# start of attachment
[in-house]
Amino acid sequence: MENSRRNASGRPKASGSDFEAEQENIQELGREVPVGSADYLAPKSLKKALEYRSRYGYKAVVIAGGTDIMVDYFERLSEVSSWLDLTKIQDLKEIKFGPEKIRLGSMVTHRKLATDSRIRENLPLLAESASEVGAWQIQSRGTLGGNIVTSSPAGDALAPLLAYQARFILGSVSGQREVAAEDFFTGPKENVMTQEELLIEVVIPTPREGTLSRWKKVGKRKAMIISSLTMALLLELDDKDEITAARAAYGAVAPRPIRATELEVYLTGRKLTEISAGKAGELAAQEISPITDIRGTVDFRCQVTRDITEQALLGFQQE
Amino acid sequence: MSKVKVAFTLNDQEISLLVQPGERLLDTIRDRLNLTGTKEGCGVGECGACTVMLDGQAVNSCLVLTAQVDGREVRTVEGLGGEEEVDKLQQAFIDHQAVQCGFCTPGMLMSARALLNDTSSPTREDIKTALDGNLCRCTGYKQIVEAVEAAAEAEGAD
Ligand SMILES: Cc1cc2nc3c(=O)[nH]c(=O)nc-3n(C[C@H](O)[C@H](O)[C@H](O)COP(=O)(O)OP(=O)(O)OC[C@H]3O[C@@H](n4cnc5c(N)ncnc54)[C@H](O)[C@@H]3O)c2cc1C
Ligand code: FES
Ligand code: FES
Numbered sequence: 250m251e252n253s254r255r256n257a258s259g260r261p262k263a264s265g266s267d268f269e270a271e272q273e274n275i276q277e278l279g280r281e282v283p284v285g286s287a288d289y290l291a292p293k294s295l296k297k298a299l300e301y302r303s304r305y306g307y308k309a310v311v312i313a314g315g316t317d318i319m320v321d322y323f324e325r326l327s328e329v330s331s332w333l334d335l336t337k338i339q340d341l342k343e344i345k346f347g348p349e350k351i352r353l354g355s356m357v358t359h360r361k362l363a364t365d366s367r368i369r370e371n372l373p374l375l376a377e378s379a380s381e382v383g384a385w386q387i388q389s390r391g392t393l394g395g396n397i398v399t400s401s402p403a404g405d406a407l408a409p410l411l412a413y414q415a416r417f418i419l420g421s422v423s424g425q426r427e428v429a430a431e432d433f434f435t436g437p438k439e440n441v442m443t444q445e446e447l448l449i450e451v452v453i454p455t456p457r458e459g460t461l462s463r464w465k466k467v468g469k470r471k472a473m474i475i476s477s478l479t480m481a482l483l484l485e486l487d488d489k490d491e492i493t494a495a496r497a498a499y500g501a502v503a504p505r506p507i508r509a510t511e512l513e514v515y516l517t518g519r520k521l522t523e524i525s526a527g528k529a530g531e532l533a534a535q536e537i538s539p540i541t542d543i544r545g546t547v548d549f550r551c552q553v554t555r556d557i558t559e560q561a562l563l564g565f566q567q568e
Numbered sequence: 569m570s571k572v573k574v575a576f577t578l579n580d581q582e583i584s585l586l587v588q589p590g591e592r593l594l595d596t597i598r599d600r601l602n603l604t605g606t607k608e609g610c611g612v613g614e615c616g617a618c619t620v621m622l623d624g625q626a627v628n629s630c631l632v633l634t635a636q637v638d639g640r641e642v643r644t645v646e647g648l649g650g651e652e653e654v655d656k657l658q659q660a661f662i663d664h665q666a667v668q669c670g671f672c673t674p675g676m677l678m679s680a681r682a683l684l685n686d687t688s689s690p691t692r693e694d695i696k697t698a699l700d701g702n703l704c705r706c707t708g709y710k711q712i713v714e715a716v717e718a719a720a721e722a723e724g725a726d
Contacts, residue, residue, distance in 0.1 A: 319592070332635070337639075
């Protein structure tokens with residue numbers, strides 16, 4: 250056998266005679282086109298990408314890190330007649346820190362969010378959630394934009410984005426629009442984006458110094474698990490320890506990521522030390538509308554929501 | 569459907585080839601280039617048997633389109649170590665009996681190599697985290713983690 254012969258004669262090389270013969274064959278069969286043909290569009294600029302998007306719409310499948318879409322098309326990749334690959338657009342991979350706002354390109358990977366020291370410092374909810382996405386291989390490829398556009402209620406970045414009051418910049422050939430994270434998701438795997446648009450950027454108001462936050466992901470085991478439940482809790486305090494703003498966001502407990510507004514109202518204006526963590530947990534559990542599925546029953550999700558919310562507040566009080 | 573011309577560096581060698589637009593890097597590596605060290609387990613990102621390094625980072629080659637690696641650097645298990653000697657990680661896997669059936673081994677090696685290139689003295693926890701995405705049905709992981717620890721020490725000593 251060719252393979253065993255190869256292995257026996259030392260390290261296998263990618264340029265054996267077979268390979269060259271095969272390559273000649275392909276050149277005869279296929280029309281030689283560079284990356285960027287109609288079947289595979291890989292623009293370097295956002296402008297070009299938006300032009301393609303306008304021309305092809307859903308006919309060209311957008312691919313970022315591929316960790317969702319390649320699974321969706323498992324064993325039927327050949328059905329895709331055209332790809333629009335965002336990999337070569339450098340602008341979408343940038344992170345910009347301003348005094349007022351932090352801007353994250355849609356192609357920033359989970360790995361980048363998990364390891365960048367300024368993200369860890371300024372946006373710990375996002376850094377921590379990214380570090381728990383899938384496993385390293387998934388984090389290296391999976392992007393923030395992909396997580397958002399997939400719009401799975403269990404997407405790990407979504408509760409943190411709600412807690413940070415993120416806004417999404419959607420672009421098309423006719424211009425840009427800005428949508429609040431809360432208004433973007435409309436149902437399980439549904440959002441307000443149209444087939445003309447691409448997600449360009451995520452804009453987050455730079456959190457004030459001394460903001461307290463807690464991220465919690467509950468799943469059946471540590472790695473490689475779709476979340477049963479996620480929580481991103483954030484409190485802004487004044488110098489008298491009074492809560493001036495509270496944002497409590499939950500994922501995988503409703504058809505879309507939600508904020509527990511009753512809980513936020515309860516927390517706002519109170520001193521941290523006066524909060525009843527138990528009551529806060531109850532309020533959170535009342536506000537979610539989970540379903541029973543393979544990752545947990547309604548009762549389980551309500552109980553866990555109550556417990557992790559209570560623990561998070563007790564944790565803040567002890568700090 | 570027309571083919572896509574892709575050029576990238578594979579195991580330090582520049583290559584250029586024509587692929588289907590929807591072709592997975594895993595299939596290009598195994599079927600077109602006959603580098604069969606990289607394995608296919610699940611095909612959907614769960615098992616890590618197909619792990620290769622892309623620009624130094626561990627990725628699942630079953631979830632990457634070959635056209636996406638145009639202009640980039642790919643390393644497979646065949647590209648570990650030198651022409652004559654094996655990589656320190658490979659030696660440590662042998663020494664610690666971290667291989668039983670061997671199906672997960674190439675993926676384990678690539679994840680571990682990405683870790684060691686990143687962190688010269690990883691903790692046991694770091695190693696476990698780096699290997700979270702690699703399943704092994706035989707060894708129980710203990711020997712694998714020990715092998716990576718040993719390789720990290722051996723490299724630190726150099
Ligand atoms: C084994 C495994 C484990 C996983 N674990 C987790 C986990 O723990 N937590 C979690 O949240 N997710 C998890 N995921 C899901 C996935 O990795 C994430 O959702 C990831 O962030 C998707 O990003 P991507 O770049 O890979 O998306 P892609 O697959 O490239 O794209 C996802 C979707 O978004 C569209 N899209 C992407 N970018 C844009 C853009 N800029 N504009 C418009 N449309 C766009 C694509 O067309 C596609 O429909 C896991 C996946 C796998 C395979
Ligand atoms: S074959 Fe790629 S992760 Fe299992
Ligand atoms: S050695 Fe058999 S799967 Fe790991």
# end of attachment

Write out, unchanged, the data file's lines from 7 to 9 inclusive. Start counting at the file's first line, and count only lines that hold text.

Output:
Numbered sequence: 250m251e252n253s254r255r256n257a258s259g260r261p262k263a264s265g266s267d268f269e270a271e272q273e274n275i276q277e278l279g280r281e282v283p284v285g286s287a288d289y290l291a292p293k294s295l296k297k298a299l300e301y302r303s304r305y306g307y308k309a310v311v312i313a314g315g316t317d318i319m320v321d322y323f324e325r326l327s328e329v330s331s332w333l334d335l336t337k338i339q340d341l342k343e344i345k346f347g348p349e350k351i352r353l354g355s356m357v358t359h360r361k362l363a364t365d366s367r368i369r370e371n372l373p374l375l376a377e378s379a380s381e382v383g384a385w386q387i388q389s390r391g392t393l394g395g396n397i398v399t400s401s402p403a404g405d406a407l408a409p410l411l412a413y414q415a416r417f418i419l420g421s422v423s424g425q426r427e428v429a430a431e432d433f434f435t436g437p438k439e440n441v442m443t444q445e446e447l448l449i450e451v452v453i454p455t456p457r458e459g460t461l462s463r464w465k466k467v468g469k470r471k472a473m474i475i476s477s478l479t480m481a482l483l484l485e486l487d488d489k490d491e492i493t494a495a496r497a498a499y500g501a502v503a504p505r506p507i508r509a510t511e512l513e514v515y516l517t518g519r520k521l522t523e524i525s526a527g528k529a530g531e532l533a534a535q536e537i538s539p540i541t542d543i544r545g546t547v548d549f550r551c552q553v554t555r556d557i558t559e560q561a562l563l564g565f566q567q568e
Numbered sequence: 569m570s571k572v573k574v575a576f577t578l579n580d581q582e583i584s585l586l587v588q589p590g591e592r593l594l595d596t597i598r599d600r601l602n603l604t605g606t607k608e609g610c611g612v613g614e615c616g617a618c619t620v621m622l623d624g625q626a627v628n629s630c631l632v633l634t635a636q637v638d639g640r641e642v643r644t645v646e647g648l649g650g651e652e653e654v655d656k657l658q659q660a661f662i663d664h665q666a667v668q669c670g671f672c673t674p675g676m677l678m679s680a681r682a683l684l685n686d687t688s689s690p691t692r693e694d695i696k697t698a699l700d701g702n703l704c705r706c707t708g709y710k711q712i713v714e715a716v717e718a719a720a721e722a723e724g725a726d
Contacts, residue, residue, distance in 0.1 A: 319592070332635070337639075